Daniel Kahneman is a psychologist and a noble laureate. He was awarded his prize (in part) because he discovered several ways the human brain makes thinking errors.
He recently wrote a book, Thinking Fast and Slow, which is pretty much the story of his career, and the discovery of many human thinking errors. The book, however, rarely addresses addiction theory or treatment per se, but if you read it carefully it is filled with an assortment of addiction ideas.
One topic that struck me was his discussion of emotional learning. Kahneman indicated, and supported quite well, that of all the negative emotions out there fear is the one emotion humans most easily acquire. To confirm this argument even more, he invoked Pavlov’s famous dog experiment. That’s how dogs were trained to salivate to the sound of a bell. His point was that as we experience something frightful, the experience becomes pretty much hard wired in our brain like a bell going off.
But, the main point I want to make is that Kahneman indicated that Pavlov’s dog experiment could just as well be described a learned hope. The bell goes off and the dog automatically “hopes” some meat is on its way.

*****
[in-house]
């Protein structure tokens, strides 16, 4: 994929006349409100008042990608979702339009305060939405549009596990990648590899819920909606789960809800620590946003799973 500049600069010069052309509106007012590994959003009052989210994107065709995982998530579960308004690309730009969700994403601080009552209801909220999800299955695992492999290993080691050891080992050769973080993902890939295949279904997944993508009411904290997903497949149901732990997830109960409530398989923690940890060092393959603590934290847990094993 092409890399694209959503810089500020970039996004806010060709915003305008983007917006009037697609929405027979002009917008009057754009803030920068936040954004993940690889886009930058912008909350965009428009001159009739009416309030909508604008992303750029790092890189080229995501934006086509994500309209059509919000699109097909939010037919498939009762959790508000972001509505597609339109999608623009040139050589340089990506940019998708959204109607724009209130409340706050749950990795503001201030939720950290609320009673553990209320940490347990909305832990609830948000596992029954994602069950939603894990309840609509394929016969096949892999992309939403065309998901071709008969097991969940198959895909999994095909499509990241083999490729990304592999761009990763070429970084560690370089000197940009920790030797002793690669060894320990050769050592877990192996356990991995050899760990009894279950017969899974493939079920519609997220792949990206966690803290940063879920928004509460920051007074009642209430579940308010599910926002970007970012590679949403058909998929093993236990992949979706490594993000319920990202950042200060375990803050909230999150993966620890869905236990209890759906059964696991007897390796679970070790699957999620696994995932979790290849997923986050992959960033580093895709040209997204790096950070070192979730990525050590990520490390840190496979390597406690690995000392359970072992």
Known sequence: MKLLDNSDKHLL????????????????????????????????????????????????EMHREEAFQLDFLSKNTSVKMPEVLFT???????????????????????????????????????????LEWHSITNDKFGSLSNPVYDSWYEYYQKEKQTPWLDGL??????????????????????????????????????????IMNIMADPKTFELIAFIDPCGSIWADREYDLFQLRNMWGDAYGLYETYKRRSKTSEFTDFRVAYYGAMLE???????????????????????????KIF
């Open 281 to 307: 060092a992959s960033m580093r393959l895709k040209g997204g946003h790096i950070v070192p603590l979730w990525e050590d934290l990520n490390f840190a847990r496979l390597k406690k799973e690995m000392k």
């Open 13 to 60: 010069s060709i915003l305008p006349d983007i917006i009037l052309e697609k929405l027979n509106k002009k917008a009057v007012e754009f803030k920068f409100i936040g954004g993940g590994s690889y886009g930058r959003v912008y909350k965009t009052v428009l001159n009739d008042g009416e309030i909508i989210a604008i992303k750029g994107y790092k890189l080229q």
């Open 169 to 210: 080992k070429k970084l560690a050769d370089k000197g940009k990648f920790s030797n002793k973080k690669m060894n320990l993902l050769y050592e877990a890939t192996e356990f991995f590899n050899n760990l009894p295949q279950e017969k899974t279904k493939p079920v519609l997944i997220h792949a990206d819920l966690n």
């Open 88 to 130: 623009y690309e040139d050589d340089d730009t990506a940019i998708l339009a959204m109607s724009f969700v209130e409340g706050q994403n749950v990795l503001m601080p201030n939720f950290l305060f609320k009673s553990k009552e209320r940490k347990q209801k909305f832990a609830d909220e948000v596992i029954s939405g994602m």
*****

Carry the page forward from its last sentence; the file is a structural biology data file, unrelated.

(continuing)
That got me to thinking about cravings and hope. Perhaps when a client sees or hears something that has been conditioned to his/her past chemical of choice, the resulting craving is not merely an unthinking automatic response. Perhaps there is an element of hope that is elicited as well. Like, “Hope I’ll get my drug soon.”
The thought has made me change the way I tackle a client’s cravings. These days, I discuss the possibly that hope might be associated with the craving. If so, then try to find ways to take the air out of that hope, and redirect that hope to something more positive.
This whole learned hope thing was the main point of this blog.
A second point is – don’t simply limit your reading to addiction topics. You might miss a host of things you could otherwise use.